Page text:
Helping Out Those in Need

The recent horrendous disasters have presented a challenge to our charitable giving that perhaps has not occurred in Christian history. The hurricanes Katrina and Rita, the Tsunami, the California fires, as well as the London terrorist bombings and even going back to 9-11 at the World Trade Center have all been met with caring concern and people digging deep into their pockets to help out.

Having just finished reading How the Catholic Church Built Western Civilization by Thomas E. Woods, Jr., Ph.D. and in the chapter “How Catholic Charity Changed the World” it was revealed that from the beginning of the Church, Christians, contrary to the culture of the period they lived in, helped out those in distress or need.

The first paragraph tells us:

“In the early fourth century, famine and disease struck the army of the Roman emperor Constantine. Pachomius, a pagan soldier in that army, watched in amazement as many of his fellow Romans brought food to the afflicted men and, without discrimination, bestowed help on those in need. Curious, Pachomius inquired about these people and found out that they were Christians. What kind of religion was it, he wondered, that could inspire such acts of generosity and humanity? He began to learn about the faith-and before he knew it, he was on the road to conversion.”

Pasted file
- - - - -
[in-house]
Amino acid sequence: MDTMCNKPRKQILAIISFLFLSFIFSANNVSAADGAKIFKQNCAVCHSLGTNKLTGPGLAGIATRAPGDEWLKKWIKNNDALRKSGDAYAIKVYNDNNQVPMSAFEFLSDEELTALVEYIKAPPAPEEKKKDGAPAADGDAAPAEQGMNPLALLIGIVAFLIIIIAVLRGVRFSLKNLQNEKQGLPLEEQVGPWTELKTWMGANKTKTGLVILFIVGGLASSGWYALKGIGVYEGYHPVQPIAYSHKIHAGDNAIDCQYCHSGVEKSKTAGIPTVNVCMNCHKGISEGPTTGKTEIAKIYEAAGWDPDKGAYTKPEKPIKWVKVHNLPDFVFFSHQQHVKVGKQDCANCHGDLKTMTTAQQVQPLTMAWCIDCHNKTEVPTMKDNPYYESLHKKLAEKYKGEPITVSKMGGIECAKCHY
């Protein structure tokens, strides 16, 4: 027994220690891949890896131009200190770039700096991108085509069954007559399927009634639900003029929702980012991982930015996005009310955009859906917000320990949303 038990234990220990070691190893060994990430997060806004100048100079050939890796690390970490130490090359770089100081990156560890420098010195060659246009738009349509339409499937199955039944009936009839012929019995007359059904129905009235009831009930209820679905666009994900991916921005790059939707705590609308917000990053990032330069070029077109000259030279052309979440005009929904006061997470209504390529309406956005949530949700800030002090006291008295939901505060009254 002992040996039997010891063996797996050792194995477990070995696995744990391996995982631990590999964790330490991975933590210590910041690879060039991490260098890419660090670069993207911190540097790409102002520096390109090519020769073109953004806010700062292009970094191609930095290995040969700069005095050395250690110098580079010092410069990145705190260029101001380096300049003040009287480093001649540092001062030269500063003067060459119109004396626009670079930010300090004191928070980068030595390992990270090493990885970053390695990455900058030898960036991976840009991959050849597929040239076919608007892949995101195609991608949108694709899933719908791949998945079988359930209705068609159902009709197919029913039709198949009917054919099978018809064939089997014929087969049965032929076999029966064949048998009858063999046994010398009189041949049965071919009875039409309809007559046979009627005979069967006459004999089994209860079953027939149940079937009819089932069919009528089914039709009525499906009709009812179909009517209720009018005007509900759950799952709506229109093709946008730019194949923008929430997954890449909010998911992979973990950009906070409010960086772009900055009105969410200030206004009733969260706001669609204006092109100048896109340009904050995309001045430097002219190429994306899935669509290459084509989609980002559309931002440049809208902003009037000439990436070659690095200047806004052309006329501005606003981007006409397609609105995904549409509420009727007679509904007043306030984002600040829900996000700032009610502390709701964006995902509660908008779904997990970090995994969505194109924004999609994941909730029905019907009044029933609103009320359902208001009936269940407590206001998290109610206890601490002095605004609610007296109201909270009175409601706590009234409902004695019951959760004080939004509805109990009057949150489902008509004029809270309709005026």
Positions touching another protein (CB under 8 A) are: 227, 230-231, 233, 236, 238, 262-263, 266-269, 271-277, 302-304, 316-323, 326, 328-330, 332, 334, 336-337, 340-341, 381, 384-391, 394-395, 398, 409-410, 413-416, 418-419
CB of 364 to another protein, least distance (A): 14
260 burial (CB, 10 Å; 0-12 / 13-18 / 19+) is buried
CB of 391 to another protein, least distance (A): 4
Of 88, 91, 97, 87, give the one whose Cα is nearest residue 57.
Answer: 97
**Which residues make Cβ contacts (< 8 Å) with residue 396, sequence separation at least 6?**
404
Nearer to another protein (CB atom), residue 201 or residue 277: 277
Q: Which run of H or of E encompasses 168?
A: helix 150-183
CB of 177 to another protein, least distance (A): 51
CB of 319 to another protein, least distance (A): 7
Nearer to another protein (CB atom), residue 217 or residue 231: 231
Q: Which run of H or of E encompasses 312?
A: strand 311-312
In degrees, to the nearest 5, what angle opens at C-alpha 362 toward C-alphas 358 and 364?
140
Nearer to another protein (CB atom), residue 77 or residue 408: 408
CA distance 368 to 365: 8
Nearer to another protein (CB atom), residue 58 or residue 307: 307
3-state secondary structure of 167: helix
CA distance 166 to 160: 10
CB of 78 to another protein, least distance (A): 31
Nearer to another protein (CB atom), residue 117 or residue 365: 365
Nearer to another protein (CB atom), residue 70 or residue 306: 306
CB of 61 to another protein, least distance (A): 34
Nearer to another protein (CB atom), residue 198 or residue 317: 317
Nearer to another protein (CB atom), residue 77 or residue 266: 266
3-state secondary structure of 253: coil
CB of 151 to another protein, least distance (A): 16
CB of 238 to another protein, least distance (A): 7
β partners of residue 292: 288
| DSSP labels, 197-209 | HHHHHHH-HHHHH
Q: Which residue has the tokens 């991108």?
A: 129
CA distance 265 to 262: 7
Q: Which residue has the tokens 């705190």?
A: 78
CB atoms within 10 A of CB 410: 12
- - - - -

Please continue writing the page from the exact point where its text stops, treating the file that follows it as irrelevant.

Reading further in the Chapter, I found that even before the Fourth Century, in the early beginnings of the Church when most of the people who surrounded Christians were their enemies and they were being persecuted, it was grudgingly acknowledged by the pagan writer Lucian (130 – 200) that “The earnestness with which the people of this religion help one another in their needs is incredible. They spare themselves nothing for this end. Their first lawgiver put it into their heads that they were all brethren!”

What a glorious tradition is ours and we carry it on today ever mindful of the words of our first lawgiver, Jesus, to ‘love one another’ and to ‘love our neighbor as ourselves’.